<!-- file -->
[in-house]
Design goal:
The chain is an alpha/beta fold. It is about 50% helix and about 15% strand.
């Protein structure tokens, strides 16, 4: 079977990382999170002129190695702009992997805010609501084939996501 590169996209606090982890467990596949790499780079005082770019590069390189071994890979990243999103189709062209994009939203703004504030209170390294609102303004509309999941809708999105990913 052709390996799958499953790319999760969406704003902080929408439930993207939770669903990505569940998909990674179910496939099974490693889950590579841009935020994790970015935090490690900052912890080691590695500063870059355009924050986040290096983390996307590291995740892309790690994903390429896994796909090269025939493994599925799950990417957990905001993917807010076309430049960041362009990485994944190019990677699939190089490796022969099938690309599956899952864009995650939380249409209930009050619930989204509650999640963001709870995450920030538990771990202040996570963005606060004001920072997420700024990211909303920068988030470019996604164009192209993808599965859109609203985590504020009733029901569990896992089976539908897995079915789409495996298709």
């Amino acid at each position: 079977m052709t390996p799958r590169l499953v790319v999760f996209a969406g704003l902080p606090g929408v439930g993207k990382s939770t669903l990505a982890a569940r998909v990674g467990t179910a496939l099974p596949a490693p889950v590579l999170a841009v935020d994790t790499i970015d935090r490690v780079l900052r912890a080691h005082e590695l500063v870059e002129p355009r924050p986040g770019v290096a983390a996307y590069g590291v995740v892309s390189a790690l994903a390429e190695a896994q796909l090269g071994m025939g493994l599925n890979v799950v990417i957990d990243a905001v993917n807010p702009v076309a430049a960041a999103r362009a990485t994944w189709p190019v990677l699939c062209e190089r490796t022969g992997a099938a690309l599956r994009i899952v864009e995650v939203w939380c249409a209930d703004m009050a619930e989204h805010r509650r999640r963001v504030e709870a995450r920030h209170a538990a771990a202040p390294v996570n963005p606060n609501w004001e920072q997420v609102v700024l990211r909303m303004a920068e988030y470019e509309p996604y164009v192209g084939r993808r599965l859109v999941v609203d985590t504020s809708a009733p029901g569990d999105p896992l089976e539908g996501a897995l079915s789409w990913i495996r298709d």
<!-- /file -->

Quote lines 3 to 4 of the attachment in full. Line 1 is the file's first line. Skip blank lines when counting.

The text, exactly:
The chain is an alpha/beta fold. It is about 50% helix and about 15% strand.
């Protein structure tokens, strides 16, 4: 079977990382999170002129190695702009992997805010609501084939996501 590169996209606090982890467990596949790499780079005082770019590069390189071994890979990243999103189709062209994009939203703004504030209170390294609102303004509309999941809708999105990913 052709390996799958499953790319999760969406704003902080929408439930993207939770669903990505569940998909990674179910496939099974490693889950590579841009935020994790970015935090490690900052912890080691590695500063870059355009924050986040290096983390996307590291995740892309790690994903390429896994796909090269025939493994599925799950990417957990905001993917807010076309430049960041362009990485994944190019990677699939190089490796022969099938690309599956899952864009995650939380249409209930009050619930989204509650999640963001709870995450920030538990771990202040996570963005606060004001920072997420700024990211909303920068988030470019996604164009192209993808599965859109609203985590504020009733029901569990896992089976539908897995079915789409495996298709």